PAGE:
Chances are you know someone who has diabetes.
This metabolic disorder affects more than 23 million Americans, including approximately 6 million people who have the disease but have not been diagnosed. Diabetes is a chronic medical condition that occurs when excess glucose (sugar) builds up in the blood. It can cause numerous health problems if not properly managed. Some symptoms of diabetes may seem so insignificant or seemingly harmless that you may not even notice them for months or perhaps years. But being diagnosed early is key to a lifetime of better health.
Symptoms of diabetes will vary to some extent depending on the type of diabetes you have. Pre-diabetes and gestational diabetes may not cause any symptoms. However, classic symptoms of type 1 and type 2 diabetes include excessive thirst and increased urination. This occurs because your kidneys have to work overtime to filter and absorb surplus sugar that has built up in the blood. When your kidneys can’t keep up, this sugar is excreted into the urine along with fluids drawn from your tissues. A vicious cycle then begins, which prompts more frequent urination that leads to dehydration. This, in turn, is followed by drinking more fluids to quench your thirst and urinate even more.
Other common signs of diabetes include fatigue, weight loss and blurred vision. Fatigue may be caused by increased urination resulting in dehydration and the body’s inability to properly use sugar for energy. An unexplained weight loss can occur when calories and sugar are lost due to frequent urination. High levels of sugar can pull fluid from tissues, including the lenses in the eye, and affect the ability focus.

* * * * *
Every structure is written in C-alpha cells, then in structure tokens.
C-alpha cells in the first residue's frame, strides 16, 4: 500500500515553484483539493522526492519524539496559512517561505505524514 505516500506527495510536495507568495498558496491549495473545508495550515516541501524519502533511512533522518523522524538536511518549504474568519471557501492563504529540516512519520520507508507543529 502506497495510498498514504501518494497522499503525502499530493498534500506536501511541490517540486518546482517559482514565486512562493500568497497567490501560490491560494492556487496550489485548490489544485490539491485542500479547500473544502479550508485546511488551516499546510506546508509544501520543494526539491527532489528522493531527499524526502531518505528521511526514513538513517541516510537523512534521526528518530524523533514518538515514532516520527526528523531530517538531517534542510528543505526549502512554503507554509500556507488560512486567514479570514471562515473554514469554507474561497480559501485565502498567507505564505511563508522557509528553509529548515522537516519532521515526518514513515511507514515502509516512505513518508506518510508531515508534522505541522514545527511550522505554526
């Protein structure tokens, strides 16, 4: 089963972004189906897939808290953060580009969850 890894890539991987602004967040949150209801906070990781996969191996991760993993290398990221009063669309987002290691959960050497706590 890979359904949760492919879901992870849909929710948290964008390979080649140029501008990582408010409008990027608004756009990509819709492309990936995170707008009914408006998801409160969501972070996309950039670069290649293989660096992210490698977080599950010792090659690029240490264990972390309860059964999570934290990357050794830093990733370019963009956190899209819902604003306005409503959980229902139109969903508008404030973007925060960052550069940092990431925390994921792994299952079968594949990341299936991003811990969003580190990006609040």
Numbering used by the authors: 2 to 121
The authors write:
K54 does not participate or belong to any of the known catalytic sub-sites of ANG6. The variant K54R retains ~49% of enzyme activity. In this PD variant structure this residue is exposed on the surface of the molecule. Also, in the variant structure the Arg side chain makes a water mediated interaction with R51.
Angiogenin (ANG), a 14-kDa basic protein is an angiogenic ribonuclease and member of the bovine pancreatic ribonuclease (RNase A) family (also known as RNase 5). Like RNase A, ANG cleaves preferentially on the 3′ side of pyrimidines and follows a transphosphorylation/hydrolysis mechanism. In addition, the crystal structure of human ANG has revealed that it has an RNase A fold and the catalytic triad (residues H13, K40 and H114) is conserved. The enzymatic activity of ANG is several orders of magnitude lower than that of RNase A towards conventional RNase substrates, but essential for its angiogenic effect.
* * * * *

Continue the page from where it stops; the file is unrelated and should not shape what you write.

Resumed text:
People with diabetes also may have slow-healing sores, tingling or numbness in the hands and feet, and tender gums. High sugar in the blood can impair the body’s natural healing process and weaken its ability to fight infections. Women may be especially prone to bladder and vaginal infections. Nerve damage caused by high sugar levels can make your hands and feet tingle, or you might experience burning pain in your arms, hands, legs and feet. Because of the body’s decreased ability to fight germs, you may notice your gums pulling away from your teeth or sores developing in your gums.
If left untreated, long-term complications associated with diabetes include cardiovascular disease, such as heart attack, stroke and narrowing of the arteries. Other disabling and potentially life-threatening complications are skin problems such as bacterial infections, bone and joint problems including osteoporosis, and damage to the kidneys, eyes and feet. Pregnant women who have gestational diabetes may experience preeclampsia (high blood pressure) and increase their baby’s risk of excess growth, low blood sugar, respiratory distress syndrome, jaundice, and type 2 diabetes later in life.
Talk with your doctor if you notice any of these symptoms. Diabetes cannot be cured, but it can be successfully treated so you can live a healthy, active life.
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